TALLINN - With each new type of spice packet added to the shelves of major supermarkets and small specialty stores, Estonians catch up with Western shoppers who expect an exciting variety of foreign flavors at their local grocer's.
The ever-expanding selection of sauces and spices is a welcomed trend for expats living in the Baltics who often have a taste for well-seasoned foods. Although most foreigners coming to Estonia want to try the local dishes, they sometimes find them bland or fail to appreciate their flavor. New seasonings offer culinary relief.
Expatriates may look to Mexican, Italian and Japanese specialty ingredients as exotic additions to the kitchen or necessary flavorings for meals that remind them of home.
It's more than just the spice section that is growing larger in local shops. While there may be no American favorites such as Kraft Macaroni & Cheese dinners, pepperoni sandwiches or hoagies to be found in Estonia, a number of similar options have arrived. Boxed dinners and easy-to-prepare foods are just starting to appear on supermarket shelves, but what is available is not of the same quality or taste that most Americans are used to.
Still, frozen foods and ready-made meals are popular with Estonians, according to Peter Ranne, manager of a Rimi supermarket in Tallinn.
"Weekdays many local businesspeople will buy prepared foods from the deli, but on weekends when they have more time, they will buy foods to prepare at home," Ranne says.
Imported wines and liquors are increasingly easy to find, making it more likely that shoppers will come across the American or European brands they know.
Employees and customers at the Prisma supermarket at Kristina Keskus admit that the availability of European and American foods has inspired them to experiment and dabble in foreign foods at home.
"The purchase of imported beer is on the rise in Estonia, but the juice variety mostly comes from other Baltic countries. Cheese and most other products are purchased in Estonia although I expect that when Estonia enters the EU this will change some," says Leena Laitinen, head of Estonian operations of the Prisma chain.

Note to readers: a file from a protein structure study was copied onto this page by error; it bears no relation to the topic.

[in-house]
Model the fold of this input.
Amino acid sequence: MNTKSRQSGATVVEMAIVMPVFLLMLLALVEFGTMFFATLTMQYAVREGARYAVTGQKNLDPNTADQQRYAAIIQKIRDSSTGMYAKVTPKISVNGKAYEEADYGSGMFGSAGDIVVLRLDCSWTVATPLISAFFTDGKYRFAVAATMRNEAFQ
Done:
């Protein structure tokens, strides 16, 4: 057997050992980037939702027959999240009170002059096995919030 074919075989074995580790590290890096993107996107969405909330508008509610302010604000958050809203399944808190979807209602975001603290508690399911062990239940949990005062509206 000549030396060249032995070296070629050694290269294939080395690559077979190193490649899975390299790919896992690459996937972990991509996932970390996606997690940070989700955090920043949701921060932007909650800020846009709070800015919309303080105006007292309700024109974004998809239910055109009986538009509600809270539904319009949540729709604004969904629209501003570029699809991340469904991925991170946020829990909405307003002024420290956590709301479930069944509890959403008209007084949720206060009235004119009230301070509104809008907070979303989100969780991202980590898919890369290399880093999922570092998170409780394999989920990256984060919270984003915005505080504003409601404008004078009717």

Rimi has approximately 550 different wines from all over the world but location is the deciding factor on what sells; with imported wines being the most popular.
According to Ranne, as the pace of life in Estonia has sped up in recent years, shopping habits have changed considerably with the emphasis today on easy-to-prepare and ready-made foods.
Oliver Ojala, manager of the new City Gourmet Cafe, which opened in Tallinn at the end of 2003, says gourmet foods are becoming more popular here and most restaurants and chain stores have them. European food and wines are increasingly popular and available.
All of the City Gourmet Cafe's pasta and Parmesan cheese is imported from Italy, along with wines.
The Italian wines are relatively costly, ranging from 400 kroons (25 euros) to 500 kroons, and an average meal consisting of salad, pasta and a glass of wine costs about 12 euros, which is clearly above the average in Tallinn. But because Estonians want to try authentic foods, business is good.
Although the average Estonian cannot afford these on a daily basis, locals do purchase them from time to time because of the higher quality and good taste.
"People from different social levels frequent the cafe as they develop a taste for gourmet foods. The European atmosphere adds to the taste of the gourmet foods," Ojala says.